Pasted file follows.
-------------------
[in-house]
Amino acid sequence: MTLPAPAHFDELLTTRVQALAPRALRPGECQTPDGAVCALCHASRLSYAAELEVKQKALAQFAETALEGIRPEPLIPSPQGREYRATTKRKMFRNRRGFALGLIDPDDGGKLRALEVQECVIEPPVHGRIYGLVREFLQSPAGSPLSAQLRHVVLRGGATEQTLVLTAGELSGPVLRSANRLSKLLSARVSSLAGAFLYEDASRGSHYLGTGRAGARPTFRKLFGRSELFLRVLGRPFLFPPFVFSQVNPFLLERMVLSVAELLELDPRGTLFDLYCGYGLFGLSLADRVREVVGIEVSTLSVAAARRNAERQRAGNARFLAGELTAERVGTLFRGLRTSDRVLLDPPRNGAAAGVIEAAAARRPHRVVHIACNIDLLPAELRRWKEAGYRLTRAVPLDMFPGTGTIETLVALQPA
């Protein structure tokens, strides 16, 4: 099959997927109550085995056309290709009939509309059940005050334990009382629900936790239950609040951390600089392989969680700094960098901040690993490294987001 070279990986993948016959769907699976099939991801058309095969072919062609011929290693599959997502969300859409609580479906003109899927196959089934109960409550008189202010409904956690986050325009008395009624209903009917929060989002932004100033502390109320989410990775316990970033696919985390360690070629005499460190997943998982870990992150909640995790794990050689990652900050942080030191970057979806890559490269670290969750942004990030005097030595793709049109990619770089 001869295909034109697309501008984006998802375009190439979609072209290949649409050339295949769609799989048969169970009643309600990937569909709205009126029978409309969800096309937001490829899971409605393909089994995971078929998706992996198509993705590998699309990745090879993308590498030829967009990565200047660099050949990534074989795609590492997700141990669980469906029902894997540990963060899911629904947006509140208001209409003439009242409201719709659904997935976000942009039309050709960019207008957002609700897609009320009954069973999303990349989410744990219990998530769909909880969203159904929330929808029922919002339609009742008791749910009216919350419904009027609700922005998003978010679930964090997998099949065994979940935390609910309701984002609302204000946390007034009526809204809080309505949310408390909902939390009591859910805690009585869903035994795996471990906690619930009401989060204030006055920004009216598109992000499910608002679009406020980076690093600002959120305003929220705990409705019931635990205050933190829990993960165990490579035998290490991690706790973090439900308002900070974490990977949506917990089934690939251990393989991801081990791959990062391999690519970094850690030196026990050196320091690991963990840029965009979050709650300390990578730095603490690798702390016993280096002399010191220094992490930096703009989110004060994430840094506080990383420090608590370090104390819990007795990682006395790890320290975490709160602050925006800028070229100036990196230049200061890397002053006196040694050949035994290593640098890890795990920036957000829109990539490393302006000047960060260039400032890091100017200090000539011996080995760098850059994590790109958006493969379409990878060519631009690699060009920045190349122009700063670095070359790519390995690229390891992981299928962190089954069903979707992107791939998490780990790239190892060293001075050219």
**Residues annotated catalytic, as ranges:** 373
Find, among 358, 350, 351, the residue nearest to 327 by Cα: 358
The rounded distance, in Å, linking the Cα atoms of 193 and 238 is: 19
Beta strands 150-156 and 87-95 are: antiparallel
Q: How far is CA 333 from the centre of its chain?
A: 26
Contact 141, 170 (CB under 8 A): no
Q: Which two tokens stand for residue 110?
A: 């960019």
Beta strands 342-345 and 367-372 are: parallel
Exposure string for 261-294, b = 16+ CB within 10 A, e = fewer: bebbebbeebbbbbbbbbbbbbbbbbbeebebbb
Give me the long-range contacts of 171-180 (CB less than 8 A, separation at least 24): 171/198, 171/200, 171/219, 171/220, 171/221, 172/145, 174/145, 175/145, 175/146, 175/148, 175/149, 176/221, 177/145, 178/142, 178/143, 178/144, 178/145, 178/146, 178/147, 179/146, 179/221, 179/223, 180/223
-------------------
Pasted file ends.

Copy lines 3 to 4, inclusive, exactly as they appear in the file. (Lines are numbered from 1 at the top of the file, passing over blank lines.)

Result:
């Protein structure tokens, strides 16, 4: 099959997927109550085995056309290709009939509309059940005050334990009382629900936790239950609040951390600089392989969680700094960098901040690993490294987001 070279990986993948016959769907699976099939991801058309095969072919062609011929290693599959997502969300859409609580479906003109899927196959089934109960409550008189202010409904956690986050325009008395009624209903009917929060989002932004100033502390109320989410990775316990970033696919985390360690070629005499460190997943998982870990992150909640995790794990050689990652900050942080030191970057979806890559490269670290969750942004990030005097030595793709049109990619770089 001869295909034109697309501008984006998802375009190439979609072209290949649409050339295949769609799989048969169970009643309600990937569909709205009126029978409309969800096309937001490829899971409605393909089994995971078929998706992996198509993705590998699309990745090879993308590498030829967009990565200047660099050949990534074989795609590492997700141990669980469906029902894997540990963060899911629904947006509140208001209409003439009242409201719709659904997935976000942009039309050709960019207008957002609700897609009320009954069973999303990349989410744990219990998530769909909880969203159904929330929808029922919002339609009742008791749910009216919350419904009027609700922005998003978010679930964090997998099949065994979940935390609910309701984002609302204000946390007034009526809204809080309505949310408390909902939390009591859910805690009585869903035994795996471990906690619930009401989060204030006055920004009216598109992000499910608002679009406020980076690093600002959120305003929220705990409705019931635990205050933190829990993960165990490579035998290490991690706790973090439900308002900070974490990977949506917990089934690939251990393989991801081990791959990062391999690519970094850690030196026990050196320091690991963990840029965009979050709650300390990578730095603490690798702390016993280096002399010191220094992490930096703009989110004060994430840094506080990383420090608590370090104390819990007795990682006395790890320290975490709160602050925006800028070229100036990196230049200061890397002053006196040694050949035994290593640098890890795990920036957000829109990539490393302006000047960060260039400032890091100017200090000539011996080995760098850059994590790109958006493969379409990878060519631009690699060009920045190349122009700063670095070359790519390995690229390891992981299928962190089954069903979707992107791939998490780990790239190892060293001075050219």
**Residues annotated catalytic, as ranges:** 373